Do you think you know everything about Lambic beers? You might want to read Lambic by Raf Meert. You will probably have some myths busted.
Don’t let the plain blue cover fool you, this book covers, “The historic origin of lambic had already been lost by the middle of the 19th century. This gave rise to patriotically inspired legends, and recently also marketing-driven stories.
This book aims to deconstruct those fictions, and offers an overview of the historical origin and evolution of lambic beers through painstaking and meticulous research done in various historical archives and documents.
For the first time, the origins of lambic are linked to historical events and their contexts. It provides surprising new insights into where, when and why lambic came into being, North-America’s role in it, and the most original faro, lambic and gueuze and their etymology. This book is a must-read for the lambic enthusiast who is genuinely interested in this unique and world-renowned beer.”
Beer documentaries are always welcome to me which is why I hope the year in a Lambic life movie, Bottle Conditioned is on my list to find. Below is the blurb from the production…
“This film chronicles an entire year of lambic production, while getting to know the brewers and blenders in the Zenne River Valley of Belgium. Bound by a common passion for lambic beer, their approach and ideologies differ when it comes to upholding traditional methods of brewing and protecting this heritage. Moreover, with the recent rush in demand for this beer, new lambic brewers and blenders are emerging- something inconceiveable ten years ago- and they’re pushing the bounderies of tradition. This leaves the question: what does the future hold for this community, in a region defined by its traditions?”
Brouwerij Lindemans has reached a really major milestone and has a new beer made for the special occasion.
“To celebrate our 200 years of existence, we present to you our exclusive anniversary Cuvée: Oude Gueuze Anniversary Blend 2022 “Cuvée Francisca”. After a spontaneous fermentation, this 4-year-old lambic and young lambic aged in oak moths refine in bottles for 12 months.”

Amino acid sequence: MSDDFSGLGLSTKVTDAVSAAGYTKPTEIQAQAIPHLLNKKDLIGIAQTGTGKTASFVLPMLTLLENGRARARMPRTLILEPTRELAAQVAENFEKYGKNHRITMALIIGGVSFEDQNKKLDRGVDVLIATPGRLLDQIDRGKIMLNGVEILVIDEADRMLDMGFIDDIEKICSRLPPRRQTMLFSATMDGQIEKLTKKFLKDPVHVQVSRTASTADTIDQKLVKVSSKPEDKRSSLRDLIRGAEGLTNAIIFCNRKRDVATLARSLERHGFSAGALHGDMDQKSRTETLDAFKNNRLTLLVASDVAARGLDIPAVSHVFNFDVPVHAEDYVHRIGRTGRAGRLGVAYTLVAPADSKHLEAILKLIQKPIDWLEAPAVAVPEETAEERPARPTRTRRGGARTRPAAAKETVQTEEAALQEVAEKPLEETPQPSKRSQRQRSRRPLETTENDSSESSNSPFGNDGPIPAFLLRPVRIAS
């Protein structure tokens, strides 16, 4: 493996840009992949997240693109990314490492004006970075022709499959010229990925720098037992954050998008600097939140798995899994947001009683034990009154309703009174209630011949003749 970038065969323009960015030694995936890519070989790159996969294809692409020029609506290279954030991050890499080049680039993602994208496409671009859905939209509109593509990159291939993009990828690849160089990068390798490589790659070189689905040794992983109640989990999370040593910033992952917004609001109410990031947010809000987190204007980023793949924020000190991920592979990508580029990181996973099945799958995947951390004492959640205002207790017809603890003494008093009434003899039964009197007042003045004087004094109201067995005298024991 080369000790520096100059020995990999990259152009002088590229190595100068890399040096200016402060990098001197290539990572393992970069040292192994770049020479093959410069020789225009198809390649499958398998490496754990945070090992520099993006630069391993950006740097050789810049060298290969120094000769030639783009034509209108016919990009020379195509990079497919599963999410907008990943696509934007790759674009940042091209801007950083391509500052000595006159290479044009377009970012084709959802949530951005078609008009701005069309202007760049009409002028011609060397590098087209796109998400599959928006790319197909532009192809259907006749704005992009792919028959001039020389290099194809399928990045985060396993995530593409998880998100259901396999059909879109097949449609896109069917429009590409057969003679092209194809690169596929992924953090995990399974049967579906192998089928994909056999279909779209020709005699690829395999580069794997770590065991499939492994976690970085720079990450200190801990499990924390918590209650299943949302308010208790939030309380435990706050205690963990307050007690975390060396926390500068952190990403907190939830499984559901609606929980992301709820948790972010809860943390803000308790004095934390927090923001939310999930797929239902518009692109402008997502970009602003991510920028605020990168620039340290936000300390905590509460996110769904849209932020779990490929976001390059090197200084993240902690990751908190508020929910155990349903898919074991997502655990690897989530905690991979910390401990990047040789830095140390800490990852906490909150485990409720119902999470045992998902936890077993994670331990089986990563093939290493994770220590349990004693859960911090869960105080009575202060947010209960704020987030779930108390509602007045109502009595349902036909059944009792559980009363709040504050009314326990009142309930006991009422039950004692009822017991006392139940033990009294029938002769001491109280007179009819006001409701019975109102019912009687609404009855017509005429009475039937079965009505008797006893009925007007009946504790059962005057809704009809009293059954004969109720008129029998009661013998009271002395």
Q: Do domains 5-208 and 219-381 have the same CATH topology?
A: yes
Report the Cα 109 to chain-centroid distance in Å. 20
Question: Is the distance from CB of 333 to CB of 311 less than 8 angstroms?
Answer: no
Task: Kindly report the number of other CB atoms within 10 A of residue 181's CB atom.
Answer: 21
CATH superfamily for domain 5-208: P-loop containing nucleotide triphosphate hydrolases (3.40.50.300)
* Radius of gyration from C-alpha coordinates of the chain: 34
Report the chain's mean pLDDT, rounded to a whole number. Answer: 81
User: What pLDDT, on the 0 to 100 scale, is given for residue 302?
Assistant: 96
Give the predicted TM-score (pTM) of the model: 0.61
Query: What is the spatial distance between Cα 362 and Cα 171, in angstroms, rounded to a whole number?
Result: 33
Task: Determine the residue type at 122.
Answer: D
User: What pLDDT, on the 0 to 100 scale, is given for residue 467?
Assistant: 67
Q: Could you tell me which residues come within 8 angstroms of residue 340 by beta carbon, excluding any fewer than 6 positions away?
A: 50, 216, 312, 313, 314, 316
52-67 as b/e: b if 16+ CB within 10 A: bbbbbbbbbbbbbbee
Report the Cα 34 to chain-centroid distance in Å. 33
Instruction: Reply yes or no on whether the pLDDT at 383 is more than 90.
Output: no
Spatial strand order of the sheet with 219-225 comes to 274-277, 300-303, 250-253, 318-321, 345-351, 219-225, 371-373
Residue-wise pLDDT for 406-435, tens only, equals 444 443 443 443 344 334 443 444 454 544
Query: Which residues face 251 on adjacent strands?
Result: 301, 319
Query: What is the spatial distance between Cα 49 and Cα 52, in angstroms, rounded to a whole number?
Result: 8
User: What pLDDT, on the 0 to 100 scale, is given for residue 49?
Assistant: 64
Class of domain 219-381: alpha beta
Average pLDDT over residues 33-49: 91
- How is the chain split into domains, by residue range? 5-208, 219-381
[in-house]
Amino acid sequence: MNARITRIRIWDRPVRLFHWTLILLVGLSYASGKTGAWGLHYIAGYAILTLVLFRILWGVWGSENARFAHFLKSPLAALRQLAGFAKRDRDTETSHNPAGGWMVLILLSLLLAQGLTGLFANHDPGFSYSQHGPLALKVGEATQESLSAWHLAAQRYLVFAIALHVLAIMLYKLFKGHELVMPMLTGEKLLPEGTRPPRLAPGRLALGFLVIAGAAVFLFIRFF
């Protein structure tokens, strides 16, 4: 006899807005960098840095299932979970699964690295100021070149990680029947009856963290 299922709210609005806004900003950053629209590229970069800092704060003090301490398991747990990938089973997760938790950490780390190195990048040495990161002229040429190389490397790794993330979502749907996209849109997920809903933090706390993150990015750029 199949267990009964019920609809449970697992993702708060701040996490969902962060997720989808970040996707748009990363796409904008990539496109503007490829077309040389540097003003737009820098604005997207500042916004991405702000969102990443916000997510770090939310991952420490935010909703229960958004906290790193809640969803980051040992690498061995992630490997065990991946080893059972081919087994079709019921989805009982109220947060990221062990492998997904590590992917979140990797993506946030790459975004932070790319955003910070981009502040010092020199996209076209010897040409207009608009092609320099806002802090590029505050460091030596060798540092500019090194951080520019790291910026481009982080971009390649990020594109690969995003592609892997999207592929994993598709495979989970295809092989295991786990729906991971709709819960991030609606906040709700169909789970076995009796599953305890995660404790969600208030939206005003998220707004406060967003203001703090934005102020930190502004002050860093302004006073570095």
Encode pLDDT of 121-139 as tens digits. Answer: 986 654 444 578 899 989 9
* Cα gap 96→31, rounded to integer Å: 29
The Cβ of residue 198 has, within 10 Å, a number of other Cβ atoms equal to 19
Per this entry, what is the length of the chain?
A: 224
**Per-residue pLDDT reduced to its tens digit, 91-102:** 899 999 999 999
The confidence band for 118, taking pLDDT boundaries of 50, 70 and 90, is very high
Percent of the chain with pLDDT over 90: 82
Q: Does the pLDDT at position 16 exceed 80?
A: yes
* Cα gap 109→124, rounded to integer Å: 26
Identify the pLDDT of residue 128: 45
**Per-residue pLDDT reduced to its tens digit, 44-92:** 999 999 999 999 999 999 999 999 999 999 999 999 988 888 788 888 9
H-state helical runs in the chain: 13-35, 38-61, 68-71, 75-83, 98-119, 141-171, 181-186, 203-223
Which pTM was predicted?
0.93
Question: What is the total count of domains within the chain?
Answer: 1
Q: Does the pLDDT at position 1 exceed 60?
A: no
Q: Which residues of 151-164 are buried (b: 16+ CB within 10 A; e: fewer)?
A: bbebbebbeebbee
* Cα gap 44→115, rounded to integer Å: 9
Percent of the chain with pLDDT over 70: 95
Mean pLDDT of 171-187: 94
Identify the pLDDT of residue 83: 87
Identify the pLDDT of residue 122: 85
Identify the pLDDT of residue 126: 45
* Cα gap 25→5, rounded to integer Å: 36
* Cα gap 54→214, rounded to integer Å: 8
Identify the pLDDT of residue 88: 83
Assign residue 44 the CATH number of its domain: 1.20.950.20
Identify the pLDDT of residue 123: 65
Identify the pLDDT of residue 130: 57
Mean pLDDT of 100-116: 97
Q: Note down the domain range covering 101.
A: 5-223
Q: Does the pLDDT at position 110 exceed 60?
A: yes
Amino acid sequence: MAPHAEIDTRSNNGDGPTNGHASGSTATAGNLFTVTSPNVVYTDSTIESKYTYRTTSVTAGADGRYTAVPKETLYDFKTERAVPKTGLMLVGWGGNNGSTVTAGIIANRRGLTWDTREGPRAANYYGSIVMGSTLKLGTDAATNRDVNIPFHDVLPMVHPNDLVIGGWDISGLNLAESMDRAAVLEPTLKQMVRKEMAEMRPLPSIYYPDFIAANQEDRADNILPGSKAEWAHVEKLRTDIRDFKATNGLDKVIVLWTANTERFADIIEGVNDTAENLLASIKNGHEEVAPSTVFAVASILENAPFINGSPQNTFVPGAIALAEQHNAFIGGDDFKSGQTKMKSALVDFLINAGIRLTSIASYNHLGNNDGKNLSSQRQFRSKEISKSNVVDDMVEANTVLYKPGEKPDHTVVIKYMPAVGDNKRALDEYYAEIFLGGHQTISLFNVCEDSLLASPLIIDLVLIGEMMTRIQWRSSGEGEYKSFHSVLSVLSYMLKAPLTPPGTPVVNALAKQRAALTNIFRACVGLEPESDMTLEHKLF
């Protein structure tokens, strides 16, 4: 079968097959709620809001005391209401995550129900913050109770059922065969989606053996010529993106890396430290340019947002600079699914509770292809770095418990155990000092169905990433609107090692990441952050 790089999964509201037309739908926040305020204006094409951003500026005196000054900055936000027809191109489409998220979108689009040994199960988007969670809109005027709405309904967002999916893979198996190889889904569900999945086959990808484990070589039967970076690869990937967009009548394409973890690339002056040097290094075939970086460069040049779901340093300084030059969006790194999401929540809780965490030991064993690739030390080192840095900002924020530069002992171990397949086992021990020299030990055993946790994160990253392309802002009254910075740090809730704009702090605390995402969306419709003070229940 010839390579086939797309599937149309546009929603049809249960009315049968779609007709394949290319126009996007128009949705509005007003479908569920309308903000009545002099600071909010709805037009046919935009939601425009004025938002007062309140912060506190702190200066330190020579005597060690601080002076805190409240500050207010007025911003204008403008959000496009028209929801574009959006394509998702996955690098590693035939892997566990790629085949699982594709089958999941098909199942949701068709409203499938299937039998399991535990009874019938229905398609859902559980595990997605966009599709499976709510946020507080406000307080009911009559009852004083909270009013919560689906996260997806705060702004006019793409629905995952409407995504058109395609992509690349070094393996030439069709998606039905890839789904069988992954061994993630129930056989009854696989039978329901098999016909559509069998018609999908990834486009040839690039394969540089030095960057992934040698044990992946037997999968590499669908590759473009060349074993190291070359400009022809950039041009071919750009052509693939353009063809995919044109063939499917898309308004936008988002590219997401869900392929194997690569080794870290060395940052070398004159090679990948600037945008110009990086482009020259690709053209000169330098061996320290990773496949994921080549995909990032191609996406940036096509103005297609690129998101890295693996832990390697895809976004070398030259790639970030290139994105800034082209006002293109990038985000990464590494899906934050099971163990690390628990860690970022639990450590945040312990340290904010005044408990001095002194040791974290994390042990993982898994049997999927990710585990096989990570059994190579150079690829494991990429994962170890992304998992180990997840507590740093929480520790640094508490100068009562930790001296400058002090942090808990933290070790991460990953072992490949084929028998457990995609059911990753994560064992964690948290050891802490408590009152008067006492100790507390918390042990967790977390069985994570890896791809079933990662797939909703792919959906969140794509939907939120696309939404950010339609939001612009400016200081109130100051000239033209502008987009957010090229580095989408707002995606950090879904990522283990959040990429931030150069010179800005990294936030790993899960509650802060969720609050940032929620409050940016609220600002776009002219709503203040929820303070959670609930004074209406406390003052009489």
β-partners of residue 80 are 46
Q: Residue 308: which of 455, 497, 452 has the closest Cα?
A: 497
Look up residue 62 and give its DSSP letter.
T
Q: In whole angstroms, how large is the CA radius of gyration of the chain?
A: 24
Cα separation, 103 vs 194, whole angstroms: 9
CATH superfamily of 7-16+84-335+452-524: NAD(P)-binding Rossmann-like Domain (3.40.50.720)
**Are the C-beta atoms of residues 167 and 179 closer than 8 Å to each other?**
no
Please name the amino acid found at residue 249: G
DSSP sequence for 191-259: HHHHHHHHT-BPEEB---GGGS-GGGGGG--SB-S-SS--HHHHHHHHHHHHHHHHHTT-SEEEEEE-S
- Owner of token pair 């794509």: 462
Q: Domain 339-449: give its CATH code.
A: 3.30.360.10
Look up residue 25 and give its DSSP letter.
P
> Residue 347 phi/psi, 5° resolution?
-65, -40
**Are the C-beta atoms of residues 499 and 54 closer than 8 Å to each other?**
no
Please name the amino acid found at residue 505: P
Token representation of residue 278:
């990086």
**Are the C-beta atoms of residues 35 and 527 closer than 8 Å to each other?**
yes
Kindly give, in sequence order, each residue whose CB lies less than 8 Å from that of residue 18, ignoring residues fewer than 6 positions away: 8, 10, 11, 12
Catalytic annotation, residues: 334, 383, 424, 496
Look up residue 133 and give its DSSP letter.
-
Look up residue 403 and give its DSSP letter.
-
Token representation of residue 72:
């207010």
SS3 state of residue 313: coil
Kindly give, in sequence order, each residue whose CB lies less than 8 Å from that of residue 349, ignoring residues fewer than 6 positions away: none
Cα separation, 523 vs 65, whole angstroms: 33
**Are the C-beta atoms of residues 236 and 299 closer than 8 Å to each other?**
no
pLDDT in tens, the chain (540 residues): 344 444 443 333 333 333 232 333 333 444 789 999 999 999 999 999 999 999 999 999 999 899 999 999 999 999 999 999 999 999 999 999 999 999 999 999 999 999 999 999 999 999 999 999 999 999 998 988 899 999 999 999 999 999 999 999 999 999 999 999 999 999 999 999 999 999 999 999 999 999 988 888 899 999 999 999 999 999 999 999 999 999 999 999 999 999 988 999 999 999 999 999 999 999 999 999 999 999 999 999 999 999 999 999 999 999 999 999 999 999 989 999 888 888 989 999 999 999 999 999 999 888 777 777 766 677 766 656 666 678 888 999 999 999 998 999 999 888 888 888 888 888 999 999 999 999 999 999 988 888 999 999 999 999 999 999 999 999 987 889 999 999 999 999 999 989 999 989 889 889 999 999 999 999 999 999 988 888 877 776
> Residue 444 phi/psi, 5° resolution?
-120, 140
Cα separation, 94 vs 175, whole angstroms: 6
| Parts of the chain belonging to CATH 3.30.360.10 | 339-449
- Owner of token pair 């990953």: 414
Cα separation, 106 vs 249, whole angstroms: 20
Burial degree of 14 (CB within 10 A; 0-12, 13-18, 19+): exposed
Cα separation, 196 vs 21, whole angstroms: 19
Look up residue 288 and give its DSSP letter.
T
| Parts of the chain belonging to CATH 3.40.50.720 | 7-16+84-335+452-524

The brewery continues, “…the ancient Cuvée Francisca unveils a flavor of agrum and oak as well as notes of vanilla, combined with a sherry aroma and a refreshing acidity. An ancient dry, complex and perfectly balanced gueze.”
Wine grapes are practically everywhere in beers. Maybe a side effect of the fruit beer craze that we are in. But this recent quad of Lambics from Tilquin looks great. The Pinot Noir version would be my top choice.
I do not know when this beer came about, if it’s a retired beer or if it is being sold in the US but when I saw that Guinness spun two of their beers into a blend with Timmermans of Belgium, I really wanted it. This Lambic meets stout is a mix of Guinness West Indies Porter (1801), Guinness Special Export (first brewed in 1944 exclusively for John Martin) and Timmermans Oude Kriek (the world’s oldest lambic brewery).
The description from the Timmermans website sounds delicious, “A unique dark beer with a subtle pink hue in the foam. Aromas of chocolate, oak & cherry. Full flavoured and beautifully balanced.”
Are there beers that just can’t or shouldn’t be in cans? Apparently the British
Chorlton Brewing Co. started to go down the canned lambic track but then reversed course saying, “popping the cork on a bottle of lambic is part of the experience and justifies the high value of the product.”
I understand that a style may either not be able to hit the needed carbonation level or wouldn’t be able to condition correctly if put into a can but as someone who has both won and lost battles with corked beer bottles, I would not think twice about popping a can of lambic. The defining factor for me is the beer inside.
I would however love to see a Brut IPA in a champagne style bottle. Preferably green.
Good ice cream much like good coffee gravitates to craft beer. Which is why you will see Scoops and Coolhaus doing beer ice creams.
Well you can add another one to the list! Quenelle which is just a few blocks from Tony’s Darts Away on Magnolia Boulevard in Burbank makes three quite good beer desserts.
Chimay was a simple take with no additional ingredients at all. Just the nice taste of the beer. You got both the beer and ice cream flavors. Which can sometimes elude some desserts where the beer can get lost. Next was the peach lambic which was nice and tart though light on peach. But again definitely beer-y and I liked the sharpness of it.
The friendly folks behind the counter sensing my beer nerdiness also grabbed a taster of grapefruit pale ale ice cream which was bursting with citrus and had a touch of hops in the back. Quite refreshing.
They have other non-beer flavors as well as popsicles so check them out.
What I don’t know about lambics could fill a book. That’s why I will be asking for this…
…for my birthday or Valentine’s Day whichever works!
Go to the great Books About Beer to pick up your copy.
Let me confess two things. One, I much prefer lambics to sour beer. Two, I still have not had a Faro, especially the one from Boon that sounds damn good. I guess that I need to get off the porters one night and IPA’s the next and get a bottle of the Faro.